One of the most impressive aspects of Disc Jam, at least in this humble writer’s opinion, is the way the game approaches offline play. Rather than simply expecting players to be content battling bots in the offline matches, the game instead introduces what it calls the Ghost Arcade. This mode allows players to face off against the ‘ghosts’ of other real players in the same vein as Mario Kart, giving a more fulfilling and challenging experience than would have been possible with standard, computer-controlled, opponents. The Ghost Arcade also affords offline players a much fuller experience, more in keeping with the high-octane spirit of the online matches. Essentially, the game is just as good when you’re cut off from the internet on a flight as when you’re nestled at home in your favourite armchair. Bravo, indeed.
Just one more point on the online and offline play, and it relates to cosmetics. Disc Jam contains a whole host of in-game unlockables ranging from new skins, to new discs, and even entirely new characters. The majority of these items are unlocked using the in-game currency you get for playing online matches, and offer an additional element of customisation to the game. That’s for online, but if you switch to offline play you are allowed to mess around with the various locked items to your heart’s content. See, your offline stats don’t carry across to your online profile, which means that Disc Jam has no need to lock the items in offline mode, so you can feel free to try the locked characters to see if they’re worth the purchase. It’s a very player-centric move on the developer’s part and one which is very welcome, as I feel it does a lot to round out the online experience while simultaneously adding value to the offline play.
Did I mention that the game looks absolutely gorgeous? Well, it really does. The characters are all unique in their design, and manage to illustrate their playstyle in a kind of visual shorthand. The animation is sublime, with magnificent attention to detail going into things like the movement of Haruka’s cape as she executes a crazy diving throw. The colours are vibrant without being overpowering, meaning that nothing ever gets lost in the onscreen chaos.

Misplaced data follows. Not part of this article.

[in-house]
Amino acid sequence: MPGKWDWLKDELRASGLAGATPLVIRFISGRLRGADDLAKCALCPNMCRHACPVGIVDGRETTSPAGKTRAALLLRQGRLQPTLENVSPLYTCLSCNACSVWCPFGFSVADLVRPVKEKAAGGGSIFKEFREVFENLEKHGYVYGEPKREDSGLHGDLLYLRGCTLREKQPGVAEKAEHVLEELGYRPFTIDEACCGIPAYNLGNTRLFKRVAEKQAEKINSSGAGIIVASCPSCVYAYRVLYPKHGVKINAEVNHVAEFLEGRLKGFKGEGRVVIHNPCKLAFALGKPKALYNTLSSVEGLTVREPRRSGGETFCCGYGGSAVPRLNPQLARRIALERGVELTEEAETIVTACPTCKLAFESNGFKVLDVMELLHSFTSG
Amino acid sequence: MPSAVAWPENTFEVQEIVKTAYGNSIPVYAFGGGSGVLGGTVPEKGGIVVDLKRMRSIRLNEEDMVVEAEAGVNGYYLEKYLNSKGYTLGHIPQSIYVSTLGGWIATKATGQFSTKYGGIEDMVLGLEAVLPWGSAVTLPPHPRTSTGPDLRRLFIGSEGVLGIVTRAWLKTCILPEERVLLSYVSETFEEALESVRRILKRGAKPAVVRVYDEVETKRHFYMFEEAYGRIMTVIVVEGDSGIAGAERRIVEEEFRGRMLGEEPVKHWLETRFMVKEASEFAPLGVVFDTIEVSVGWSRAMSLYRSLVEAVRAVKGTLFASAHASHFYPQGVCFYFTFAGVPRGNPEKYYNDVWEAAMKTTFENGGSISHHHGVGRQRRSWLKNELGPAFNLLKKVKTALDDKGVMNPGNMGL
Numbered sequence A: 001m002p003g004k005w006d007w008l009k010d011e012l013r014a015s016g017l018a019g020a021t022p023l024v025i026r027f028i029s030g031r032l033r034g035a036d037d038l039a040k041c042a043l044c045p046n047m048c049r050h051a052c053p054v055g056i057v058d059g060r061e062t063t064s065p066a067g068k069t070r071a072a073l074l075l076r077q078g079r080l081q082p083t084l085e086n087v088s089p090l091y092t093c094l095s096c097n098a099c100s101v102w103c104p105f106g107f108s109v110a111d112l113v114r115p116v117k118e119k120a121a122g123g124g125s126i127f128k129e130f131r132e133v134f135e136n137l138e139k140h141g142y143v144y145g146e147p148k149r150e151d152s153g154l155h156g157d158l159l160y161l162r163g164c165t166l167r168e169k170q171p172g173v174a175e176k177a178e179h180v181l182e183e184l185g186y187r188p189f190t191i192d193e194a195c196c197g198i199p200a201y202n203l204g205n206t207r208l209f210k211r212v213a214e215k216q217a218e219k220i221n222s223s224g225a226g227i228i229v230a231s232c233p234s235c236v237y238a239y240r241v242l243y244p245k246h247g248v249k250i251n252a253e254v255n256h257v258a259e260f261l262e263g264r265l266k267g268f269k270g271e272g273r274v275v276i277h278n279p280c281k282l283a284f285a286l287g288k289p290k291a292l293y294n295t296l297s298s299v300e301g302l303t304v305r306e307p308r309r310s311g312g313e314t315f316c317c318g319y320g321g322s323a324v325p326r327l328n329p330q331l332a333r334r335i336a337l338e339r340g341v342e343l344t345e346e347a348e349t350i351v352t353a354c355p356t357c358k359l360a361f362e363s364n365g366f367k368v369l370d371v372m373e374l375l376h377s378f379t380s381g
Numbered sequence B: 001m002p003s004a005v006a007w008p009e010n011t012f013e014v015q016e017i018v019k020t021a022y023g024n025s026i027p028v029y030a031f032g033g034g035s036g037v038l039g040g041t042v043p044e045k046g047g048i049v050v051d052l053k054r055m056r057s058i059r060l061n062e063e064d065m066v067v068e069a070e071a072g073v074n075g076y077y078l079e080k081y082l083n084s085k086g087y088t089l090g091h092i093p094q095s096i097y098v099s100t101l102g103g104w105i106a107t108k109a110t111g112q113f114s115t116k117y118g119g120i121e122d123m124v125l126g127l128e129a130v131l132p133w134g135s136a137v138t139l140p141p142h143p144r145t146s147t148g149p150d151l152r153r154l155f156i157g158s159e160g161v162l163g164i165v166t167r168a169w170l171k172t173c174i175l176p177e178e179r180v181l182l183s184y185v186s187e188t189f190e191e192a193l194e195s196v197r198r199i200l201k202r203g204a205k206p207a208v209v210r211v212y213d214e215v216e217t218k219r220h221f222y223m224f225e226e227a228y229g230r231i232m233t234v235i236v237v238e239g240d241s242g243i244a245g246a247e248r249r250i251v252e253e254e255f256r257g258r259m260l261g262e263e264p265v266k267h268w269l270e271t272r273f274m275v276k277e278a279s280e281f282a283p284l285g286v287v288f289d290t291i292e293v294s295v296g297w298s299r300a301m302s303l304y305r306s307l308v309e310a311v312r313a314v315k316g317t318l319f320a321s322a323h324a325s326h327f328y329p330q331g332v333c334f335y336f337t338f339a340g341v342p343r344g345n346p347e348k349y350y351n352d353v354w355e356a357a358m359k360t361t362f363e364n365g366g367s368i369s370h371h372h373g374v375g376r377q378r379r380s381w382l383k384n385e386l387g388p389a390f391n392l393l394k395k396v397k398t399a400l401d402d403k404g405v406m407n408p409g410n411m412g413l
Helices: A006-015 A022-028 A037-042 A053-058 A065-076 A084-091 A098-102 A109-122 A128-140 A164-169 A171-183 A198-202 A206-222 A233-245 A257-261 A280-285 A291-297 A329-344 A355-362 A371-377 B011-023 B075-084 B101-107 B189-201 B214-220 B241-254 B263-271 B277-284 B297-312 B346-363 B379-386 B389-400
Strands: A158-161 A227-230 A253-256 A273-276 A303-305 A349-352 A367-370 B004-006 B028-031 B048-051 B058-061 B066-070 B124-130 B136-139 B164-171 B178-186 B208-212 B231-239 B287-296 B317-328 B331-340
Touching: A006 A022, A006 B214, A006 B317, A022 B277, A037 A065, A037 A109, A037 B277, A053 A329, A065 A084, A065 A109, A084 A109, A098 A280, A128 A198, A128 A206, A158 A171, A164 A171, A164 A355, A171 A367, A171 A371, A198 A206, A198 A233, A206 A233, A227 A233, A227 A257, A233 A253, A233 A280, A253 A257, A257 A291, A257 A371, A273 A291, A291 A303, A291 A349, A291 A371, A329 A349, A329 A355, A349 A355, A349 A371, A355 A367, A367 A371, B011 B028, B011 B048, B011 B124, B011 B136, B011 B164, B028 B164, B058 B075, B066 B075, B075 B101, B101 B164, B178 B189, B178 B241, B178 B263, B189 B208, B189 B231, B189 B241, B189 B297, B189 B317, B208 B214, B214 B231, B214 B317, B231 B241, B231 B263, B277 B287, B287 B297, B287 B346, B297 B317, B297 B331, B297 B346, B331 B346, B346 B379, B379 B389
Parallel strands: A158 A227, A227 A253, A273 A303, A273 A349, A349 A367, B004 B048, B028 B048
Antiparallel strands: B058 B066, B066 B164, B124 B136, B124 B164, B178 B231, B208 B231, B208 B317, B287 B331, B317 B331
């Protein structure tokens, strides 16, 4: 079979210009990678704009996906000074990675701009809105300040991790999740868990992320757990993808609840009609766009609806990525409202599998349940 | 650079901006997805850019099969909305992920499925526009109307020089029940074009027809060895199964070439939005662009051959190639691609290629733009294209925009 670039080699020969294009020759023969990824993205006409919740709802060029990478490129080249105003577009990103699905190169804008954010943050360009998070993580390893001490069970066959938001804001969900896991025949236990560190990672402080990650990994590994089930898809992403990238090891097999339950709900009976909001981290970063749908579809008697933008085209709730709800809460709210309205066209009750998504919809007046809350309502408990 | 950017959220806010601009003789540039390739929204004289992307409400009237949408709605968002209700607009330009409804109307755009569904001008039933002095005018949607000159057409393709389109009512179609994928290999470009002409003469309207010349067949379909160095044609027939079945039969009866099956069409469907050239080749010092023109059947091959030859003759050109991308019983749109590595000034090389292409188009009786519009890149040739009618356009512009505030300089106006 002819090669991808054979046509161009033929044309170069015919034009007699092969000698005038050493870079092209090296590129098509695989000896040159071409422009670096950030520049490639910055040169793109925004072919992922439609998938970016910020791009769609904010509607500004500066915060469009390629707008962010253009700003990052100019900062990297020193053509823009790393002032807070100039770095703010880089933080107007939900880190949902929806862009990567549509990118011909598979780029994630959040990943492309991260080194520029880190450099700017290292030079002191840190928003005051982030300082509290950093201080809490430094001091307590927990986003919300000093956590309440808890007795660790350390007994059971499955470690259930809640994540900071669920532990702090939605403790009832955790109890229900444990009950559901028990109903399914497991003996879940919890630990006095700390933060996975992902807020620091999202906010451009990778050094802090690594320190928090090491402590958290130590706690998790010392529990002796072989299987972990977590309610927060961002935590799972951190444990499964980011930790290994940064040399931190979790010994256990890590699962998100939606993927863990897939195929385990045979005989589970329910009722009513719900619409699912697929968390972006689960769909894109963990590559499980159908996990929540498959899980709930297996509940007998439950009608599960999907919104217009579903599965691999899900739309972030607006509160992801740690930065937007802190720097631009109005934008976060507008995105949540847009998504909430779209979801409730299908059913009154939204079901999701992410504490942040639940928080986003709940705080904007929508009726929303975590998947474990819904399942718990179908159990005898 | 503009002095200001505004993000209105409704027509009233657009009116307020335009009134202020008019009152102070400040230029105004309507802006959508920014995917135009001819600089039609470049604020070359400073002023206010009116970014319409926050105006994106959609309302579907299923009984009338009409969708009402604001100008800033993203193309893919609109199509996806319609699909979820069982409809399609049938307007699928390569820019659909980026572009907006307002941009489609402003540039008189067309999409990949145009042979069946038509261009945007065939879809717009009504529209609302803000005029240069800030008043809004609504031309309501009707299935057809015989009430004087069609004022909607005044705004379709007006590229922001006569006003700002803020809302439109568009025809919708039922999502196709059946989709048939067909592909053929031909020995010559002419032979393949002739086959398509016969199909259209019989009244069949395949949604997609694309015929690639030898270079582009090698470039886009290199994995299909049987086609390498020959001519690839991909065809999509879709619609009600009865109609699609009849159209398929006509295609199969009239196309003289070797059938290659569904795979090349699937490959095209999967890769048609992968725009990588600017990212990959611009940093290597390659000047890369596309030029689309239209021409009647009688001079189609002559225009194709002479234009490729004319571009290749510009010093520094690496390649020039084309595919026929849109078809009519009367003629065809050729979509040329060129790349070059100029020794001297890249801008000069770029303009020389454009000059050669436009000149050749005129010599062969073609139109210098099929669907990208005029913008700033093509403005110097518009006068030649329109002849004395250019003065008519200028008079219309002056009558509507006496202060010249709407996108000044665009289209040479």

If there’s one problem with all of this, and unfortunately there is, it’s that playing Disc Jam in handheld mode seems to absolutely massacre the Switch’s battery. It really is quite distressing how quickly the battery will fall away after a couple of games, it’s almost to Breath of the Wild levels and that’s saying something. It seems to be a product of the game endeavouring to run at full capacity even when in handheld mode, which is certainly admirable in its optimism, but one cannot help but think that this issue could be significantly improved by the introduction of resolution and performance scaling as seen in other games with Switch versions, such as Rocket League.
Blatant murder of system batteries aside, Disc Jam is a marvelous addition to the Switch’s library. Its high-octane action and almost child-like sense of fun are incredibly charming and highly addictive. The online play is wonderfully challenging and the offline play is deeper and more complex than we would perhaps ever have expected. The characters are diverse enough to fit any personal playstyle, and the various cosmetic items add an extra dimension of personalisation to proceedings. In short, it’s exploding frisbee-tennis, what’s not to love?